The elaborate press release stated that the biennial would engage with its Caribbean location, offering 'a space for dialogue and building relationships between the international art world and local communities'. Don't buy it. This biennial was even more self-consciously insular than the norm. There was a wilful negation of locale, and, with the exception of the one party, not only were there no Caribbean artists in sight, but no attempt was made to engage or interact with the local community in any way. As a representation of a biennial, it was a portable piece of art that could have as easily been performed in Liverpool, Sydney or Kwangju, its critiques and failings intact. But mere replication of one's object, even with a twist, hasn't been adequate as critique in quite a while.

Despite the event's wide publicity, members of the press were unwelcome, which lead to an unpleasant feeling that something was being got away with, that the public was being played for suckers. The framing device of a biennial led to expectations of viewing art, and its absence meant that the artists themselves became the objects of contemplation. The chronicling of their activities - which consisted entirely of the private, there being no recognisably public component (no lectures, no symposia, no artist's talks) - aroused anxiety and antipathy. The organisers, at certain artists' behest, asked that much of the material gathered by the press, specifically video recordings, be suppressed. A surprising hypocrisy for an impish act of art world sabotage, supposedly anarchic at its core.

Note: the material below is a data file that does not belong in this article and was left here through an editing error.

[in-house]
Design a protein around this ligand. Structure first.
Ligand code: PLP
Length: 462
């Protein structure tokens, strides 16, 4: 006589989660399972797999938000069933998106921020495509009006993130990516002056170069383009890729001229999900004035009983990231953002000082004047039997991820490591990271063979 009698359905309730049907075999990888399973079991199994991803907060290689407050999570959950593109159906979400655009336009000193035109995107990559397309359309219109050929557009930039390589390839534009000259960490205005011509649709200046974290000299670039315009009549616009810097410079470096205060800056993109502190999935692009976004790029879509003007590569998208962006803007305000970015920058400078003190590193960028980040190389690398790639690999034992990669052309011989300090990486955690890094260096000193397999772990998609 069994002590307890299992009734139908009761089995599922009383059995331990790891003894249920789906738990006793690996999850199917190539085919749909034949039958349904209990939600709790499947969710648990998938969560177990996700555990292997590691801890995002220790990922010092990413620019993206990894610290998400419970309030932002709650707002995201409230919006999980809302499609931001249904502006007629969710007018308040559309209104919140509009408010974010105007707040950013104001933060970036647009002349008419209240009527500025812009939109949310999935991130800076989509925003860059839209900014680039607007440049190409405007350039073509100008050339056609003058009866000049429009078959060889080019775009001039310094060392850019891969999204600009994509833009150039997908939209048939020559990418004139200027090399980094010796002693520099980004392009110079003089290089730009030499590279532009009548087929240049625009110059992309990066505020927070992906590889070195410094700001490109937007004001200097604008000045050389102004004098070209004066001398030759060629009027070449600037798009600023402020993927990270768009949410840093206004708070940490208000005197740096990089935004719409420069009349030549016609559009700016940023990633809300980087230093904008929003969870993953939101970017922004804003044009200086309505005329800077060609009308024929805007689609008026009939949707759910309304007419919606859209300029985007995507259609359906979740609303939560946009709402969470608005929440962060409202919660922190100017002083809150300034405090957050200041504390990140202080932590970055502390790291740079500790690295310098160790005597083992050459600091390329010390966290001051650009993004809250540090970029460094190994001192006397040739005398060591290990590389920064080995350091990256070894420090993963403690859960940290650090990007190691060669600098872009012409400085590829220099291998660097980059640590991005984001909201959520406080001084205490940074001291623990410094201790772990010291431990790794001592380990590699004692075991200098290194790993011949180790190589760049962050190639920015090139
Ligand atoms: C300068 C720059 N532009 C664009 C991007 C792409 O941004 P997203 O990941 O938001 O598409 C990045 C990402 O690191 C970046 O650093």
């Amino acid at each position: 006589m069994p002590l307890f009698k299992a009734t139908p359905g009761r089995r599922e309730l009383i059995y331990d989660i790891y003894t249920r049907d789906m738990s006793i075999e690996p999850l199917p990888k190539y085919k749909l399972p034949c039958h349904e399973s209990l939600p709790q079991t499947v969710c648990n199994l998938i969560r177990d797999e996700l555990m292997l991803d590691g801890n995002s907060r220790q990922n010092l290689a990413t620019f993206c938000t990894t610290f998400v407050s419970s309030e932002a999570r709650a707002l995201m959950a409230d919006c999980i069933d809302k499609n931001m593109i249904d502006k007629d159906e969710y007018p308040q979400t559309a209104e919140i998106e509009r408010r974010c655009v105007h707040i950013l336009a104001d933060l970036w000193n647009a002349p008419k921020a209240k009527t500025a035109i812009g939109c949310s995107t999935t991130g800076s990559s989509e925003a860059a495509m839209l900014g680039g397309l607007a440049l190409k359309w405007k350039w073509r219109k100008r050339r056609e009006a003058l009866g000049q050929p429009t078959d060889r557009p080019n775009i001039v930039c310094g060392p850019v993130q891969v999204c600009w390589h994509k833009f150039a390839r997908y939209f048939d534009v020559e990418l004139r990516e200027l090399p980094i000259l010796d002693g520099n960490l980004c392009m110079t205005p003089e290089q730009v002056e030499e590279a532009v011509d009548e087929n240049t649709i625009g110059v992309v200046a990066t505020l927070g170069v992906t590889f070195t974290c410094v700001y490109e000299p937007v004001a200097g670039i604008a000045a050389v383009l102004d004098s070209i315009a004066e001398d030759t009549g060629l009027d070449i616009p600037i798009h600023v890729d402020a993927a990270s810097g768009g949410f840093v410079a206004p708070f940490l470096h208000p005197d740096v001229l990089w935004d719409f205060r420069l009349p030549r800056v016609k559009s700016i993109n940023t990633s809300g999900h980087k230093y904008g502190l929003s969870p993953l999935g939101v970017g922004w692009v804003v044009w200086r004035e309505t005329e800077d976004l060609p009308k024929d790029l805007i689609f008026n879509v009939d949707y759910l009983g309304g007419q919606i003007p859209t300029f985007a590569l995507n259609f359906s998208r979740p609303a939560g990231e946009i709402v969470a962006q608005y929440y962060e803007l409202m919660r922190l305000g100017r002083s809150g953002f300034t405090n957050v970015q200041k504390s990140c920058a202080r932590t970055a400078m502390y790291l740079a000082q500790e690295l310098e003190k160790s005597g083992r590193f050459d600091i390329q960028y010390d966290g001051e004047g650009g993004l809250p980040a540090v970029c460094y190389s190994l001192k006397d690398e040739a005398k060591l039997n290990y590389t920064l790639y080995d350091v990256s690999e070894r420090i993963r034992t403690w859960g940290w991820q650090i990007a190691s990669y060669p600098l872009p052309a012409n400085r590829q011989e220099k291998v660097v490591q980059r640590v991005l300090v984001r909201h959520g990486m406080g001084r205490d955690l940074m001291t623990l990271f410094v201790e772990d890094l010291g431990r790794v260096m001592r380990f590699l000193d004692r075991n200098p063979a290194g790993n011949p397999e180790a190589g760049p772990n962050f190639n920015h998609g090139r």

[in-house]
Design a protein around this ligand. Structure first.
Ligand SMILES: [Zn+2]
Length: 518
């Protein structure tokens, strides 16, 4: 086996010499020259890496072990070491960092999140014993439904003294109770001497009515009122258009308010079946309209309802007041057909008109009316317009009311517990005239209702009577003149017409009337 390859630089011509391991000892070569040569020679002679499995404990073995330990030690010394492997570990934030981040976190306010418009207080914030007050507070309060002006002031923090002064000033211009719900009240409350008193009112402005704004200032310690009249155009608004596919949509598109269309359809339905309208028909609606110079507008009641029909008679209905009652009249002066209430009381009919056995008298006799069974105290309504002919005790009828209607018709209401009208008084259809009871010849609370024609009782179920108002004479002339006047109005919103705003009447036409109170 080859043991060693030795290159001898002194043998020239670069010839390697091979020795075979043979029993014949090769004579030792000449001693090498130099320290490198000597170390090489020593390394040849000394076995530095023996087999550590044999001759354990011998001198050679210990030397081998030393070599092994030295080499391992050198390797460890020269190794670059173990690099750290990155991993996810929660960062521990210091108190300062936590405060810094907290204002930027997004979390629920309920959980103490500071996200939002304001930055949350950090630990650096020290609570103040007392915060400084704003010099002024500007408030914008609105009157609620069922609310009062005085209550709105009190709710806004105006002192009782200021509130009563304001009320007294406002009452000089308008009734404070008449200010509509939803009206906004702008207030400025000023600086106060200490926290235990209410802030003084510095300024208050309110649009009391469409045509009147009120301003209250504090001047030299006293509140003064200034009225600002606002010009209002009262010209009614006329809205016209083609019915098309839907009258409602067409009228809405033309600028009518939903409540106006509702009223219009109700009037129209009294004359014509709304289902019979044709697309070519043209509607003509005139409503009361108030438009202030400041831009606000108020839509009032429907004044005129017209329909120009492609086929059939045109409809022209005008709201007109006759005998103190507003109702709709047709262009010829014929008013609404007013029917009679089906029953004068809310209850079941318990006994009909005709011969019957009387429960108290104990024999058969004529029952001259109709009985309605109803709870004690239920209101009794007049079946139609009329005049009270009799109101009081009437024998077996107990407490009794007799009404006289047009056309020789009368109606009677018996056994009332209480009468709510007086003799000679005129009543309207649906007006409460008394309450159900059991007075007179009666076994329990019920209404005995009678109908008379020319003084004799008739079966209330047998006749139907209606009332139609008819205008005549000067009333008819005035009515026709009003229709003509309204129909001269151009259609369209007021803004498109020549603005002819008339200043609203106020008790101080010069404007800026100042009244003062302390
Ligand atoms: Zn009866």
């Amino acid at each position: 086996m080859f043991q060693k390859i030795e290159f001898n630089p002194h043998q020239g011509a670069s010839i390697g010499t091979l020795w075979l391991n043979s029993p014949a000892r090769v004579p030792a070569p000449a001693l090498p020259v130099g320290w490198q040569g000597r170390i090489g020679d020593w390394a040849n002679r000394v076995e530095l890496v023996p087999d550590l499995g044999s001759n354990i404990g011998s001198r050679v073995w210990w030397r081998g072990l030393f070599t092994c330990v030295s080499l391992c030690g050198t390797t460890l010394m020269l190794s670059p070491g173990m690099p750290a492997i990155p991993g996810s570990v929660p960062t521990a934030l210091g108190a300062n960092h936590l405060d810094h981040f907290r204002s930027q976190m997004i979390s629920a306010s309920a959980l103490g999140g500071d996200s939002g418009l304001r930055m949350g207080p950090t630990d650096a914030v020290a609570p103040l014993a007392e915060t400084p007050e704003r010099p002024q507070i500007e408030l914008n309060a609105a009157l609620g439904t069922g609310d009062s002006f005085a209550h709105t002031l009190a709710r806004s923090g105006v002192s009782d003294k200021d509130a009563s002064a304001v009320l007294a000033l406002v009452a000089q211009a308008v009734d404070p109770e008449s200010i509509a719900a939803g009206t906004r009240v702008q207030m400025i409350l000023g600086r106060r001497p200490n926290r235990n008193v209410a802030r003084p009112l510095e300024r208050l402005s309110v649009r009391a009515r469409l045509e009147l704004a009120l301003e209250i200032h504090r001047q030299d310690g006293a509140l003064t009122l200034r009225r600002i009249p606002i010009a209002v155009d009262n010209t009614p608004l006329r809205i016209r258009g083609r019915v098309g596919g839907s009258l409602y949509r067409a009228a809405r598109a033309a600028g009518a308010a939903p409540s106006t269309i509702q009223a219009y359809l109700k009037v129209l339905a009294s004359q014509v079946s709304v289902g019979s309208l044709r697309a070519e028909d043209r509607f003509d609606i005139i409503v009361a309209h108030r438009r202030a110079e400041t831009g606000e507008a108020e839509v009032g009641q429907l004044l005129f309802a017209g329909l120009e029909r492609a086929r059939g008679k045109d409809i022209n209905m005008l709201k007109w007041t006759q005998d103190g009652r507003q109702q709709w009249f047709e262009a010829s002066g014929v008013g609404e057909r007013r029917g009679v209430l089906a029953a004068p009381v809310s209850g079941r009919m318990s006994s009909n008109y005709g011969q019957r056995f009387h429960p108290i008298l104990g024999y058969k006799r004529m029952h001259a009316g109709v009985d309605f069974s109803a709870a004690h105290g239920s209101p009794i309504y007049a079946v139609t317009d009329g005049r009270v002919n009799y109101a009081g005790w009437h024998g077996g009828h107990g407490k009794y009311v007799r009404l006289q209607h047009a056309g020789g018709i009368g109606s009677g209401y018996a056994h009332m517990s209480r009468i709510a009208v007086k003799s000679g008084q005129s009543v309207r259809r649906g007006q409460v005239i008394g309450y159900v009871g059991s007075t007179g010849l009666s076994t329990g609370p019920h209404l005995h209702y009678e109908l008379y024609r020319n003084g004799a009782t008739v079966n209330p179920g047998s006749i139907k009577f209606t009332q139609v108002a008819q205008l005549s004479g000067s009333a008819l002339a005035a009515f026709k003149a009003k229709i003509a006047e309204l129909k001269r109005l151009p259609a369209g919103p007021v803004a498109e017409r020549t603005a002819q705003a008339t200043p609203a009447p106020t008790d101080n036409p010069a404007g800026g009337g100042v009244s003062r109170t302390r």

The idea of a biennial without art could have been cool in a marvellously vacuous sort of a way, puncturing the self-importance of the art world by grotesquely aping it. What we got was a furtive and ungenerous gesture, a covert V-sign flipped at the art world behind its back, when more balls could have made it a divinely impudent mooning in its face. As a critique, the Caribbean Biennial was neutered when the organisers and some of the artists felt the need to prescribe the biennial's public perception and hide the vacation at its heart. The art was so profoundly and deafeningly absent that some artists took to thinking of themselves as both art stars (whose reputations needed protecting) and art civilians (with commensurate expectations of privacy), while curators took on the role of embarrassed publicists and the spectators of poor cousins at a wedding. There's something sad about so cynical and ambivalent a gesture as the Caribbean Biennial: one would think that a critique of one's own practices would be ethical, even idealistic. Here, the humour was both a performance of aggression and a weapon of despair, another cheerless rehearsal of irony and parody.

But the world looks different from a Caribbean beach. Better. The sky is bluer, the air more gracious, and I am inclined toward generosity (a generosity the organisers could not be accused of sharing). So, let's call the Caribbean Biennial a splendid failure: slightly wonderful but doubtlessly cynical; kudos for the conceptual playfulness but let's just ignore the flawed execution.

In the closing days of the biennial, the location that was so studiously dissed got its own back: the sky turned dead white before Hurricane Lenny came screaming in to make literal the show's subtitle, 'Blown Away', trapping the participants with the utterly humourless force of nature.